With all that in mind, leaving my day job to write full time was definitely the right decision for me. But (and this is probably what you’re wondering right now) is it right for you?

Don’t overlook the good.

Sometimes, having a day job is the best possible thing for a writer. Now, this might not be something you want to hear. But that doesn’t make it any less true.

Many, many writers produced their masterpieces whilst employed at their day jobs. Wallace Stevens sold insurance while writing Pulitzer Prize-winning poetry. William Carlos Williams served as chief of pediatrics at Passaic General Hospital, and typed poems on a typewriter between patients. Elizabeth Gilbert wrote award-winning material for years while holding down jobs as a cook, a bartender, a waitress, and a magazine employee.

So maybe you’re in a good place right now. Maybe your day job provides you with fodder and insights for your writing, or maybe it helps keep the financial pressure off of your creativity. Maybe your day job is decent and gives you the space and income you need to create without fear.

But maybe it doesn’t. Maybe you are trapped in a toxic work environment or hemmed in with toxic co-workers (or both), or maybe your job is harmful to your body or spirit. In this case, you need to ask:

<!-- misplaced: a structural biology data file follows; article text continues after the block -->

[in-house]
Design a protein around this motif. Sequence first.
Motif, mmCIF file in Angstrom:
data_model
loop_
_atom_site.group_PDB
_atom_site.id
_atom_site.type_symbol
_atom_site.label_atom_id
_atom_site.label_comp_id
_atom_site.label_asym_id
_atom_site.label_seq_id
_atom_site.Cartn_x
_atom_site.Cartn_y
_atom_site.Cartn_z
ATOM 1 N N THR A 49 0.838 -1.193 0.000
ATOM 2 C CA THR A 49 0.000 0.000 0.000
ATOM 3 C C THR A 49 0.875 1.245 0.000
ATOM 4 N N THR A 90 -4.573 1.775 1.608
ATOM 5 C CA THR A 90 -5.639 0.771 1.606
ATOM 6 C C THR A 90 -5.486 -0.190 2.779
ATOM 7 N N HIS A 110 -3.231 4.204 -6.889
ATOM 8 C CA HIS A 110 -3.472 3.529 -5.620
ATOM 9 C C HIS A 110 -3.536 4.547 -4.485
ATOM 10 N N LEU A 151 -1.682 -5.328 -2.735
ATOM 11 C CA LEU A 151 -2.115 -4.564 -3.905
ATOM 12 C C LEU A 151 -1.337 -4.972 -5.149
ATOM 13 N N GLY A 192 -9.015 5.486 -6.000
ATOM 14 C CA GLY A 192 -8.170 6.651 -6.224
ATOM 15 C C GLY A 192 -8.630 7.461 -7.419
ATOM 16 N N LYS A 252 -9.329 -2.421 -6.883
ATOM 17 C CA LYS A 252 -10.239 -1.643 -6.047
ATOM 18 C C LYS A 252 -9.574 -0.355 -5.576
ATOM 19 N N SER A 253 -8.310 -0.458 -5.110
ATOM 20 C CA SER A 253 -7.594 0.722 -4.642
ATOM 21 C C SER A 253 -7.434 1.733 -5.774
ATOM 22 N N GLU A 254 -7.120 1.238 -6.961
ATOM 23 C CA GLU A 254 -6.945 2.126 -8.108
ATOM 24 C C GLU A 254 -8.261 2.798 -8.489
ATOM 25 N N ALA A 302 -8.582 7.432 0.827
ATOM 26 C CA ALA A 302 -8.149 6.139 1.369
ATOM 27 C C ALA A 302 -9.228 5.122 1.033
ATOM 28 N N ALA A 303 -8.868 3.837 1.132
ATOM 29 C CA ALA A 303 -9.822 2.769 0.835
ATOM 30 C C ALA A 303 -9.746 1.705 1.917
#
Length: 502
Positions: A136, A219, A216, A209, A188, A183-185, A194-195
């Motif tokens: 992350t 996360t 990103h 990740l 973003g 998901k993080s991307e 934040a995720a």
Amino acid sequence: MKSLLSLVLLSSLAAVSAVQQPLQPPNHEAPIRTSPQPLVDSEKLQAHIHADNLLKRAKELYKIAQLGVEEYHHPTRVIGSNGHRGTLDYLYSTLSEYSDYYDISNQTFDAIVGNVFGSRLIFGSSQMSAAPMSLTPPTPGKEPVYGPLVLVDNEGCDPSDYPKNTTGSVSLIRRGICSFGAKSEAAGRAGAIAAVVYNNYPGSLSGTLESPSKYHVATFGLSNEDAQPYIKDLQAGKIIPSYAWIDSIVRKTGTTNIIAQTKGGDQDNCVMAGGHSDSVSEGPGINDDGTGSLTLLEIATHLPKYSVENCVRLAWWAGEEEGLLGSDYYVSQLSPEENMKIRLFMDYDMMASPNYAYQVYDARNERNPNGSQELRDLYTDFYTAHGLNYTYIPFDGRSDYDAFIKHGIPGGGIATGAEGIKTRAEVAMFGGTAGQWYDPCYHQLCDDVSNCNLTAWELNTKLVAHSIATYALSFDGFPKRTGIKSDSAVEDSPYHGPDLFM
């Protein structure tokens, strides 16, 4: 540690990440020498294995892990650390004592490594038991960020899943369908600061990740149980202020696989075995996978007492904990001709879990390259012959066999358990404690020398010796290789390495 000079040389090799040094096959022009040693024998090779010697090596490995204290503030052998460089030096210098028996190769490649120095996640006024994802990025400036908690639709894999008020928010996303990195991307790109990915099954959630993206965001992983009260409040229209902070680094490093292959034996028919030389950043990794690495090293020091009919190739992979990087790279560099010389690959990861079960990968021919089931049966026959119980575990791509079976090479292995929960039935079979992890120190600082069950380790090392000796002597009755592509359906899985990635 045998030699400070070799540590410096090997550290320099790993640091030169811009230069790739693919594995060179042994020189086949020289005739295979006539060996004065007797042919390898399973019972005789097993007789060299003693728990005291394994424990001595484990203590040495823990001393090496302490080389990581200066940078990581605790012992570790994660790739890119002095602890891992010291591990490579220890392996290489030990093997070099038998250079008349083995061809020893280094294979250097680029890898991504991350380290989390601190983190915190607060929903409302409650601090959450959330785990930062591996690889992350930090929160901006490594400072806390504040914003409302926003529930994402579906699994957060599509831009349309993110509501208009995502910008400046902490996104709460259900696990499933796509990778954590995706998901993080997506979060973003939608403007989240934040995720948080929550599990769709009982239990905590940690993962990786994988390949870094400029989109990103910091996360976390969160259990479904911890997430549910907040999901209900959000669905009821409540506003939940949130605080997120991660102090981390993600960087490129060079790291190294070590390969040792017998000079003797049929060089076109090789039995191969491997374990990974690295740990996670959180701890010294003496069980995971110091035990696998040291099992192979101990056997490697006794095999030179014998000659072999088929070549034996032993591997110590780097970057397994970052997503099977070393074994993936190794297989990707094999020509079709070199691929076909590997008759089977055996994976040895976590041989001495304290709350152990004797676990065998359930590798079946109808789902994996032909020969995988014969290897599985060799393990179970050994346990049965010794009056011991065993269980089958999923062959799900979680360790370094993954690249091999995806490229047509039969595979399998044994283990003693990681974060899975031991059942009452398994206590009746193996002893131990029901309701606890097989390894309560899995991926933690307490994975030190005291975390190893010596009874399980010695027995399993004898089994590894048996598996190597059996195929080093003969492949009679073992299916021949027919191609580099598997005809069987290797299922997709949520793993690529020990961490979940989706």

• Is this a job I need to survive?


  • Is this a job I need to leave?

If you need to leave, then find a replacement job and leave. But if you think you can grin and bear it, here are some tips for surviving your day job.

Sing it with me: I will survive.

Here are some tips to help:

  1. Read and/or write over your lunch break. Take the time to lose yourself in words.
  2. Keep an idea notebook with you at all times. It will keep your brain focused on your story, and it’s a great way to keep your creative self literally present at all times.
  3. Get in early (if you’re a morning person) or stay late (if you’re not). Make your workspace work for you.
  4. Use standing-around time to write, plan, outline, or jot down ideas. Just make sure you get your paid work done first.
  5. Don’t dwell upon how frustrated/angry you are. Trust me. Negativity is a bad spiral that will suck up all of your creative energy.

Also, while you’re surviving, please be ethical and smart. Don’t write on company equipment or on company time. Not only is it ethical, it also ensures that you fully own your work.

Remember, no matter what, you are a writer.

You do not need to quit your job or write full-time to become a writer.

You do not need someone else to validate your writer status for you.

If you write, you can call yourself a writer.

If it helps, get business cards printed. Vistaprint usually has some kind of sale where you can get 500 business cards for like $15. (This is not an endorsement for Vistaprint — they’re just cheap and don’t screw up my stuff.) Here’s a business card design I created in less than two minutes using Canva:

Hand it out to friends, family, and whoever else might take one. Do it. Be it. Live it. You can do this.

Related things you should read:

Here are some links you may find useful:

What are your writing dreams? How do you survive your workday? Tell me all about it on my contact page. You can also leave a comment below, or simply email me at hello [at] sarahwerner [dot] com. 🙂

Originally published at on May 1, 2017.